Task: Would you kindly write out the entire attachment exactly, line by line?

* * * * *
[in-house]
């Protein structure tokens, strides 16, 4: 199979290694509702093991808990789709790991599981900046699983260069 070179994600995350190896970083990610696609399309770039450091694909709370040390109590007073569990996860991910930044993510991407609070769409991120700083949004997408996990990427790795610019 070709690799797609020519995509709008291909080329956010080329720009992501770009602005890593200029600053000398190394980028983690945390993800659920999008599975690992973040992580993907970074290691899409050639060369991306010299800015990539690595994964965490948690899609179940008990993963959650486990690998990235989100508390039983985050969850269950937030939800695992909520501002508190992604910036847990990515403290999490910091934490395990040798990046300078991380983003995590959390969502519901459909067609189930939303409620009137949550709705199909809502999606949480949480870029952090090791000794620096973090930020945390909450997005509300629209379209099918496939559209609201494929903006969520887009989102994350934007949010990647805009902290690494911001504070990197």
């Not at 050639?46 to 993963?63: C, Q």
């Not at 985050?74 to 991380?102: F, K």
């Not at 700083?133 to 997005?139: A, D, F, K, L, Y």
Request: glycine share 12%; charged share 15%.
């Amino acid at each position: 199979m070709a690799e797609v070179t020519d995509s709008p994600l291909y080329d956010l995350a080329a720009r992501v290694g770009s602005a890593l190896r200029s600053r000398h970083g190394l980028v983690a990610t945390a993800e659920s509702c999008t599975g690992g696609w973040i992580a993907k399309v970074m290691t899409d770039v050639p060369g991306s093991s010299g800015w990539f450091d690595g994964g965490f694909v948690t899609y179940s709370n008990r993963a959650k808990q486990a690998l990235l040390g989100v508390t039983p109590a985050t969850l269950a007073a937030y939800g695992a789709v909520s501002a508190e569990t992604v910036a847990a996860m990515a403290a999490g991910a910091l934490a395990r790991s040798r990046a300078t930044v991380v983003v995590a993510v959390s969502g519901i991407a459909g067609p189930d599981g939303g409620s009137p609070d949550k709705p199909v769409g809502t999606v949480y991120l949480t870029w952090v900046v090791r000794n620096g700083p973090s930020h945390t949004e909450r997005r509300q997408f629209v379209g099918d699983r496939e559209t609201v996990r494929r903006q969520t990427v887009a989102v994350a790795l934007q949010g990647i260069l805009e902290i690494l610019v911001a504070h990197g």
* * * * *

[in-house]
């Protein structure tokens, strides 16, 4: 199979290694509702093991808990789709790991599981900046699983260069 070179994600995350190896970083990610696609399309770039450091694909709370040390109590007073569990996860991910930044993510991407609070769409991120700083949004997408996990990427790795610019 070709690799797609020519995509709008291909080329956010080329720009992501770009602005890593200029600053000398190394980028983690945390993800659920999008599975690992973040992580993907970074290691899409050639060369991306010299800015990539690595994964965490948690899609179940008990993963959650486990690998990235989100508390039983985050969850269950937030939800695992909520501002508190992604910036847990990515403290999490910091934490395990040798990046300078991380983003995590959390969502519901459909067609189930939303409620009137949550709705199909809502999606949480949480870029952090090791000794620096973090930020945390909450997005509300629209379209099918496939559209609201494929903006969520887009989102994350934007949010990647805009902290690494911001504070990197």
């Not at 050639?46 to 993963?63: C, Q």
């Not at 985050?74 to 991380?102: F, K």
């Not at 700083?133 to 997005?139: A, D, F, K, L, Y």
Request: glycine share 12%; charged share 15%.
């Amino acid at each position: 199979m070709a690799e797609v070179t020519d995509s709008p994600l291909y080329d956010l995350a080329a720009r992501v290694g770009s602005a890593l190896r200029s600053r000398h970083g190394l980028v983690a990610t945390a993800e659920s509702c999008t599975g690992g696609w973040i992580a993907k399309v970074m290691t899409d770039v050639p060369g991306s093991s010299g800015w990539f450091d690595g994964g965490f694909v948690t899609y179940s709370n008990r993963a959650k808990q486990a690998l990235l040390g989100v508390t039983p109590a985050t969850l269950a007073a937030y939800g695992a789709v909520s501002a508190e569990t992604v910036a847990a996860m990515a403290a999490g991910a910091l934490a395990r790991s040798r990046a300078t930044v991380v983003v995590a993510v959390s969502g519901i991407a459909g067609p189930d599981g939303g409620s009137p609070d949550k709705p199909v769409g809502t999606v949480y991120l949480t870029w952090v900046v090791r000794n620096g700083p973090s930020h945390t949004e909450r997005r509300q997408f629209v379209g099918d699983r496939e559209t609201v996990r494929r903006q969520t990427v887009a989102v994350a790795l934007q949010g990647i260069l805009e902290i690494l610019v911001a504070h990197g």